The cameras in Costco are usually Canon T series and Nikon's D3xxx series.  If you want to do the occasional video, go with the Canon as the video on the low-end Nikons are is pretty bad.

    You do not mention anything about what types of shots you want to make.  However, considering you're coming from a phone, it's likely that you will be doing the typical consumer type of shots such as people, places, vacation, social events, etc... and not anything technically challenging to a camera like sports, wildlife or other types of fast action.

    I prefer the T series by Canon over Nikon because of the AF system.  Canon has the AF motors in their lenses.  Nikon has some lenses with and some without an AF motor which makes buying compatible lenses for the D3xxx cameras challenging.  Because of this, I'd go with a Canon T series over a Nikon D3xxx series.

    Image quality won't be any better with a Canon or Nikon, or a Pentax for that matter.  The Pentax K-70 is among the best sub $1,000 DSLR on the market today, and I'd take it over any T series or D3xxx series.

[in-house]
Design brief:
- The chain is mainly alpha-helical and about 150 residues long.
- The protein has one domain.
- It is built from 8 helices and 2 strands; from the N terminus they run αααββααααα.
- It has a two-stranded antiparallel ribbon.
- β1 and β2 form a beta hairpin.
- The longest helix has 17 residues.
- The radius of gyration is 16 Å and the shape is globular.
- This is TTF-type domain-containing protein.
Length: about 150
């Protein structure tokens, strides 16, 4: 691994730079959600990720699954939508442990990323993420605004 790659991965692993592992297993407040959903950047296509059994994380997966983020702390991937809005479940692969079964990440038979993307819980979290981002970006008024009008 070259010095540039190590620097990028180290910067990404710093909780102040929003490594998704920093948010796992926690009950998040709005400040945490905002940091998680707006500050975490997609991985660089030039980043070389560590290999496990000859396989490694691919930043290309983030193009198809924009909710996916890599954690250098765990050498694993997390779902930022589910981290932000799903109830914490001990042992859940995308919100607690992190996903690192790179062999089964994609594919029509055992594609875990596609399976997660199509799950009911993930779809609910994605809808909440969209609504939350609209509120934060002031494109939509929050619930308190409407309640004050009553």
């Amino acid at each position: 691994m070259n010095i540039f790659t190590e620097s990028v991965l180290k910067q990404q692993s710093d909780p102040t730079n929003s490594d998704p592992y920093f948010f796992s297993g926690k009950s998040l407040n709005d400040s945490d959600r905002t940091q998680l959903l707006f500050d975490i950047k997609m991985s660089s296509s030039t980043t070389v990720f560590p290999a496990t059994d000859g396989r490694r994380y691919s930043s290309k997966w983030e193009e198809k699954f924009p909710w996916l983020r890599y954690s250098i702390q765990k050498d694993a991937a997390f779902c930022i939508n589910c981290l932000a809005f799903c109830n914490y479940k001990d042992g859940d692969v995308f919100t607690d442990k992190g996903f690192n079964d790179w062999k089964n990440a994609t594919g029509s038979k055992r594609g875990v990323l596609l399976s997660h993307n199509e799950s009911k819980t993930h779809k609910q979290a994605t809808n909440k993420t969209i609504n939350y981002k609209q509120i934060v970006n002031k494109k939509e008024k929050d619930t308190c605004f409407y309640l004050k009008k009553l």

If you want a small and lightweight camera but with great image quality (but not as great as a DSLR), then consider getting a pocket point-and-shoot camera with at least a 1" sensor.  The Canon G9 and the Sony RX-100 gets some of the best reviews.

    Instead of Costco, go to either bhphotovideo.com or adorama.com and buy there.  You'll have the same prices as Canon/Nikon fix their prices.  Sometimes these two stores will provide kits which allows them to sell a kit at a lower price than what you'd be able to get from Costco.  Go to B&H or adorama and filter their inventory by cameras with at least a 1" sensor.  https://www.bhphotovideo.com/c/products/Point-Shoo...

    You can use this tool to compare image quality of various pocket cameras: https://www.dpreview.com/reviews/image-comparison  This tool should not be used to judge image quality from a DSLR since the lens has a major influence on IQ.  However, this tool can be used to determine which camera has the lowest amount of noise.

  • P
    Lv 7
    4 weeks ago